West Nile Virus
Although mosquito-borne disease is rare in Illinois, mosquitoes can carry at least three encephalitis viruses that can cause human disease. In 2001, West Nile virus (WNV) was detected for the first time in Illinois in birds, horses, and mosquitoes. West Nile virus causes encephalitis primarily in older adults.
The Disease Cycle
Arboviral encephalitis is an inflammation of the brain caused by arboviruses (viruses carried by arthropods, such as mosquitoes and ticks). Other forms of encephalitis can be caused by other types of viruses and bacteria. In Illinois, arboviruses are primarily transmitted to humans by the bites of infected mosquitoes. Most individuals who are bitten by an infected mosquito will experience no symptoms of the disease or will have only very mild symptoms. Approximately 1 to 2 percent will develop recognizable symptoms. Some persons may have mild symptoms, such as a fever and headache. Severe infection may cause rapid onset of severe headache, high fever, muscle aches, stiffness in the back of the neck, problems with muscle coordination, disorientation, convulsions and coma. Symptoms usually occur 5 to 15 days after the bite of an infected mosquito. Not all viruses that cause encephalitis are carried by mosquitoes. The basic transmission cycle for WNV is as follows:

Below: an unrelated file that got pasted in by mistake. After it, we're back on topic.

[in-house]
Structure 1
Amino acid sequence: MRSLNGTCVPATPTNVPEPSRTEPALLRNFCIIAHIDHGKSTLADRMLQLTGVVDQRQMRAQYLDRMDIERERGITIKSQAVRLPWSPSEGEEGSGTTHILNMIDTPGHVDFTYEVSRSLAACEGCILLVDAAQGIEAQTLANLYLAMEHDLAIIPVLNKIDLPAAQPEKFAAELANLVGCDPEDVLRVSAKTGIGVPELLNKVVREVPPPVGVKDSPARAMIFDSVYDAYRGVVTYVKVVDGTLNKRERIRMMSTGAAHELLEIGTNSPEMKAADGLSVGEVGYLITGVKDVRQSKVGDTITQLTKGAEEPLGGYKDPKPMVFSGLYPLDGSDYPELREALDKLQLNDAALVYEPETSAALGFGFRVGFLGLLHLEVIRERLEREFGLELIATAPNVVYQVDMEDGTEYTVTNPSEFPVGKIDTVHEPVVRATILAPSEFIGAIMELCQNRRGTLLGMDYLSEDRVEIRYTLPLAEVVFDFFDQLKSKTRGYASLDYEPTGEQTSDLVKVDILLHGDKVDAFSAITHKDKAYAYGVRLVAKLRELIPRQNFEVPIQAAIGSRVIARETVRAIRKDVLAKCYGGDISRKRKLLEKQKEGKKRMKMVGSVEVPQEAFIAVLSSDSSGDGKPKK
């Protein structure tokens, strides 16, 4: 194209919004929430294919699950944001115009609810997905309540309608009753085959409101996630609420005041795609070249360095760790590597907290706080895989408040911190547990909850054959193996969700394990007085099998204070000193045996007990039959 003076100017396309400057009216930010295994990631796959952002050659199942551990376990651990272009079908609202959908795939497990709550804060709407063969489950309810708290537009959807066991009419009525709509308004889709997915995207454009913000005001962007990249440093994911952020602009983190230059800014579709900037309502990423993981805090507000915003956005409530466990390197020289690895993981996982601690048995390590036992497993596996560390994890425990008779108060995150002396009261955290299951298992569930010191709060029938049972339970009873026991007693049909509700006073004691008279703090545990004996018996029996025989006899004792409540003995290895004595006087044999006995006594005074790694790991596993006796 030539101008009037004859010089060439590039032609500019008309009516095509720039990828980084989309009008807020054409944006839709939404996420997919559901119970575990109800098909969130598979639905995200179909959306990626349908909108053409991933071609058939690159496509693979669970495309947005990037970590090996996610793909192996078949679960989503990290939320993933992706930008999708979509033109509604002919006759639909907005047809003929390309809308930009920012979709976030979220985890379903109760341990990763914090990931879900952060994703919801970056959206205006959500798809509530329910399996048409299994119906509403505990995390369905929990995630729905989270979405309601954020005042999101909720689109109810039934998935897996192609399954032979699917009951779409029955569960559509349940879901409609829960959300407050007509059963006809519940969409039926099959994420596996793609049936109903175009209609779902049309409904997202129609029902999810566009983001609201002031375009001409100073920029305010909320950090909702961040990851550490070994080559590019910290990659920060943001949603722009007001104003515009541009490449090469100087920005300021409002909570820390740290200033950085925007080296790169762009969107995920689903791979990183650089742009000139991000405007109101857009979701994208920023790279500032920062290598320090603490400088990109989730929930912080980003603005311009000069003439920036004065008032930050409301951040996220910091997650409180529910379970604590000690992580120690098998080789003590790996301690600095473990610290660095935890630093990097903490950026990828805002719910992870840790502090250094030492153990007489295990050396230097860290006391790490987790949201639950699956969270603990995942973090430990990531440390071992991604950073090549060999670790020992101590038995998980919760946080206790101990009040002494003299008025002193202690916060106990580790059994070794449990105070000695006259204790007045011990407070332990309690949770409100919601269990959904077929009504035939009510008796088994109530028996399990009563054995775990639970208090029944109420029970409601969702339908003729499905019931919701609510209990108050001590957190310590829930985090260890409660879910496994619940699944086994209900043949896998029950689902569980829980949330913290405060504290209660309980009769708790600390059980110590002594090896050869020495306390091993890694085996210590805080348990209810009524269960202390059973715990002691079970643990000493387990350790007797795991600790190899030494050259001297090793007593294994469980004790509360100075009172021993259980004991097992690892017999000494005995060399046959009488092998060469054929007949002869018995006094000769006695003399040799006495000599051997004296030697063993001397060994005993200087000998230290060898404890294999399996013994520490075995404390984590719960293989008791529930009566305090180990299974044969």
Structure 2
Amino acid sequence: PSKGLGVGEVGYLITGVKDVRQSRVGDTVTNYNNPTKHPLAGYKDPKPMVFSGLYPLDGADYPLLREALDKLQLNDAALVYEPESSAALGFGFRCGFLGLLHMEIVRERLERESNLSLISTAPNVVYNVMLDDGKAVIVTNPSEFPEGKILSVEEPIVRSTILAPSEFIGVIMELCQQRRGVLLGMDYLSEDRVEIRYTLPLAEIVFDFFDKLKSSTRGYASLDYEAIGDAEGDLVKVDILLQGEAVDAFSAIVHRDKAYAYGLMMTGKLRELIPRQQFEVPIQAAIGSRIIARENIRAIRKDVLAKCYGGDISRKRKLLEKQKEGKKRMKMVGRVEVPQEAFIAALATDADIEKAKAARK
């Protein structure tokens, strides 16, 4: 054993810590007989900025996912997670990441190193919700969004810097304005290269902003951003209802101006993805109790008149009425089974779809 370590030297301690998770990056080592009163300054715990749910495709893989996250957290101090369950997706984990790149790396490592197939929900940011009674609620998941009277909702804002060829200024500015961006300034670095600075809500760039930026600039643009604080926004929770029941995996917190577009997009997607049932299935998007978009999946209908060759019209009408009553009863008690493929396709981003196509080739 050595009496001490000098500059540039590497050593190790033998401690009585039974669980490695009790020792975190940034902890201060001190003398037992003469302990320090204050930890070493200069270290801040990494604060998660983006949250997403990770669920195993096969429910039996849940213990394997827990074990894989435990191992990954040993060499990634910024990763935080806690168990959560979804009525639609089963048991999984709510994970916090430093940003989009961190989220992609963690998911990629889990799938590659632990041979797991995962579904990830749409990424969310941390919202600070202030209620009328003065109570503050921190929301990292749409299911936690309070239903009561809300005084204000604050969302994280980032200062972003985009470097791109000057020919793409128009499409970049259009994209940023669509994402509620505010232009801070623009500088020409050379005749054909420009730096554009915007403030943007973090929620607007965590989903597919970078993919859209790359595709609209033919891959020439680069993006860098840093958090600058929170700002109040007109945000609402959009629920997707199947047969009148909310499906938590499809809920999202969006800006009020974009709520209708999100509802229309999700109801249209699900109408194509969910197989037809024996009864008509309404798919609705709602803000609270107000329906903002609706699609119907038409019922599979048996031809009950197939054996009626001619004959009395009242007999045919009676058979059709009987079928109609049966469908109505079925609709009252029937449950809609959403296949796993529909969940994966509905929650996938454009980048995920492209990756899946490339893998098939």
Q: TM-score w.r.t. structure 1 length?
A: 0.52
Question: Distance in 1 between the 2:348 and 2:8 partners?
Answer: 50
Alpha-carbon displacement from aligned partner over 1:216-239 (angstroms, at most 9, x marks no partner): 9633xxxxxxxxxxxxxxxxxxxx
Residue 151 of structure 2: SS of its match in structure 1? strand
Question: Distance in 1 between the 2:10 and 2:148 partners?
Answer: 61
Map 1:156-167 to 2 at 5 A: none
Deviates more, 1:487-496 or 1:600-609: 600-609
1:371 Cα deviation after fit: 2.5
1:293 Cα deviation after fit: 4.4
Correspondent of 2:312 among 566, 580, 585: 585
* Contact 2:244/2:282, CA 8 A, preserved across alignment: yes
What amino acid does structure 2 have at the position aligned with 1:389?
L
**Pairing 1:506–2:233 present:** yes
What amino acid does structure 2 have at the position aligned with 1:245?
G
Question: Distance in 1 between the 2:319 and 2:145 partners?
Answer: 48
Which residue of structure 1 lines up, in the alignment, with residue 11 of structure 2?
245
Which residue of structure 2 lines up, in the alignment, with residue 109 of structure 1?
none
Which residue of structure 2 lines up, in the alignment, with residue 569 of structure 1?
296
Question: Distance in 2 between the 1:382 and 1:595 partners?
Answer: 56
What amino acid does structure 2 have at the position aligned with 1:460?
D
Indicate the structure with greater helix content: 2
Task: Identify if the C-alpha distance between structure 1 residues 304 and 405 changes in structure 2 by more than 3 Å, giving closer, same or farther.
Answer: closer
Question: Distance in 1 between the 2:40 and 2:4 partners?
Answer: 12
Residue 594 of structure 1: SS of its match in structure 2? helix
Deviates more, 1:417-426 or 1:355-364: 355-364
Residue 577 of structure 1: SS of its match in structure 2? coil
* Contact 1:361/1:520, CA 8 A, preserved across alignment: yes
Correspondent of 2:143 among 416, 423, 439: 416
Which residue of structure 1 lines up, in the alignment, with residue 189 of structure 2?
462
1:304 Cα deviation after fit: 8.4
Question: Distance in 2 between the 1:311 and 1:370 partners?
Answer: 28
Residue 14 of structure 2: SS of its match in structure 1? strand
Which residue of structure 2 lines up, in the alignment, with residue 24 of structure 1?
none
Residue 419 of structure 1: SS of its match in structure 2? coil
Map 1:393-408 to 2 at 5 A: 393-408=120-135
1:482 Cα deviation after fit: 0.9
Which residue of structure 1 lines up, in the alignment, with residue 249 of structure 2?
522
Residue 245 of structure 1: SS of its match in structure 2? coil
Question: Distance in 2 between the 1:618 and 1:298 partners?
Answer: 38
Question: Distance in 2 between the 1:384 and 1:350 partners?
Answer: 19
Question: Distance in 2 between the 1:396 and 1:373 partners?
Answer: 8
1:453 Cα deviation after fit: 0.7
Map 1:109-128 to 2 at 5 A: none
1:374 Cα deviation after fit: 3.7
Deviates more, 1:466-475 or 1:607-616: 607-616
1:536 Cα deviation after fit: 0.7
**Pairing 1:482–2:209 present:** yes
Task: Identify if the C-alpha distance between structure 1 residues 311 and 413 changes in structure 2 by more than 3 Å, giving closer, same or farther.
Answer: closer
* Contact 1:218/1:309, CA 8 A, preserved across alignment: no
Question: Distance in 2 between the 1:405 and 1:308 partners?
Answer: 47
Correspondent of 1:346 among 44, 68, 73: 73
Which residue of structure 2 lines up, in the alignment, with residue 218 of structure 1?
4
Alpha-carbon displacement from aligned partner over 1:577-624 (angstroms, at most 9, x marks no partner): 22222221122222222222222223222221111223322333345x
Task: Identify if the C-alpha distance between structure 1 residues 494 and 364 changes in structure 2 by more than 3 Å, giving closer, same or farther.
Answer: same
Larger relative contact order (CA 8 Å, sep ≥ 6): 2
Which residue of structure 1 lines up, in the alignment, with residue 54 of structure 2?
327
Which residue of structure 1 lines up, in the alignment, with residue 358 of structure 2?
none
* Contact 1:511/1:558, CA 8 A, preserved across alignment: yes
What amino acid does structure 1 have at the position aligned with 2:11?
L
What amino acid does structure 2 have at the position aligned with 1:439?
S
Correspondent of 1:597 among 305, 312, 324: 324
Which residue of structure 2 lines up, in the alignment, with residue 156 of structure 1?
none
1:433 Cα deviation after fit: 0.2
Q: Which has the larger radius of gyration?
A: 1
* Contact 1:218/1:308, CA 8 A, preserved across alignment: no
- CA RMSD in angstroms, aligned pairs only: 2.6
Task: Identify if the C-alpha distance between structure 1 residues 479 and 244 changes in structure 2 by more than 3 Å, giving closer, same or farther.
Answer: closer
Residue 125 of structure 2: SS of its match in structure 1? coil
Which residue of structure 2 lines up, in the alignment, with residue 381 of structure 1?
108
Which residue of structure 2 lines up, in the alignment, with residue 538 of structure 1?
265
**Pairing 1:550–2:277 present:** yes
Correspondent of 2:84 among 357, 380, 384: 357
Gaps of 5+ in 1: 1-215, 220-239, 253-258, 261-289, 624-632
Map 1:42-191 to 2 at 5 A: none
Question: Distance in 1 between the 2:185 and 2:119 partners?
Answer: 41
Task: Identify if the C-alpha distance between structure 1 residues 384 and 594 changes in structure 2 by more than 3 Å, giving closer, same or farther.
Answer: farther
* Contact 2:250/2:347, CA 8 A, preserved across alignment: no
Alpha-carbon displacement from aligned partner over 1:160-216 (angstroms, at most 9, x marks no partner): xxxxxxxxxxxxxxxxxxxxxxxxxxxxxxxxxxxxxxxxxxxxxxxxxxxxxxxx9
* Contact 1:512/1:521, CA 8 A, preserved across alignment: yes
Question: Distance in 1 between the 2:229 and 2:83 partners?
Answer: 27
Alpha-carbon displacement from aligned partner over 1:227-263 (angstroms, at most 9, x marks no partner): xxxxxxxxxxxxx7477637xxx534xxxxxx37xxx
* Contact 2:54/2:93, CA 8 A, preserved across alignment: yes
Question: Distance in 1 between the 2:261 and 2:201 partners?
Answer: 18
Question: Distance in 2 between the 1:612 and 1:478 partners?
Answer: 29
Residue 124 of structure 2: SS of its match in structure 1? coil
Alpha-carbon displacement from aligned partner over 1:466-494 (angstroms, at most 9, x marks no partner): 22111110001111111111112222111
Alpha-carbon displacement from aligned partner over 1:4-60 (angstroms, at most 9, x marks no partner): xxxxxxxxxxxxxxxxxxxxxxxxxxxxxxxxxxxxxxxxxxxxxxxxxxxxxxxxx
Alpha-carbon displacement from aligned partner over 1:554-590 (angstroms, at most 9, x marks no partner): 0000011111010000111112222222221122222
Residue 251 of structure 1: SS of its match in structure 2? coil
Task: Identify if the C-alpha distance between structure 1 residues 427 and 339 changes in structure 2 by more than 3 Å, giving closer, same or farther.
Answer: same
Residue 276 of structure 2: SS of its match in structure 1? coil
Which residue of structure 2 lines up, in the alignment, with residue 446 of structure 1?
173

A mosquito feeds on a bird infected with WNV. The mosquito then carries the virus for approximately two weeks, then it is able to transmit the virus to animals and humans via a bite. When the mosquito bites and feeds, the virus may be transmitted into the bite victim. The virus may then multiply and cause illness.
Various agencies take part in mosquito control and prevention through fogging, spraying, or spreading solid products, which can include larvicide briquets, in areas that mosquitoes are a problem or are more susceptible to harboring mosquitoes. Spraying and fogging will only kill mosquitoes that come in contact with the chemical and will only control mosquitoes for a short time period until the spray or fog dissipated. Applying larvicides to breeding areas is a longer-term control method as it will help kill mosquitoes in the larval stage before they reach adulthood. Agencies also conduct surveys to determine the abundance of species of mosquitoes in the area, and some also use various methods to collect mosquito specimens to test for diseases such as West Nile virus.
In addition to WNV, mosquitoes can also transmit diseases such as malaria, dog heartworm, dengue, yellow fever,eastern equine encephalitis (EEE), St. Louis encephalitis (SLE), LaCrosse encephalitis (LAC), and western equine encephalitis (WEE).
Reduce Mosquitoes and Lessen Your Chances of Getting WNV
The most effective way to avoid West Nile virus disease is to prevent mosquito bites:
*Use insect repellents when you go outdoors. Repellents containing DEET, picaridin, IR3535, and some oil of lemon eucalyptus and para-menthane-diol produ...ct provide longer-lasting protection.
*Wear long sleeves and pants from dusk through dawn when many mosquitoes are most active.
*Install or repair screens on windows and doors. If you have it, use your air conditioning.
*Help reduce the number of mosquitoes around your home. Empty standing water from containers such as flowerpots, gutters, buckets, pool covers, pet water dishes, discarded tires, and birdbaths.
West Nile FAQ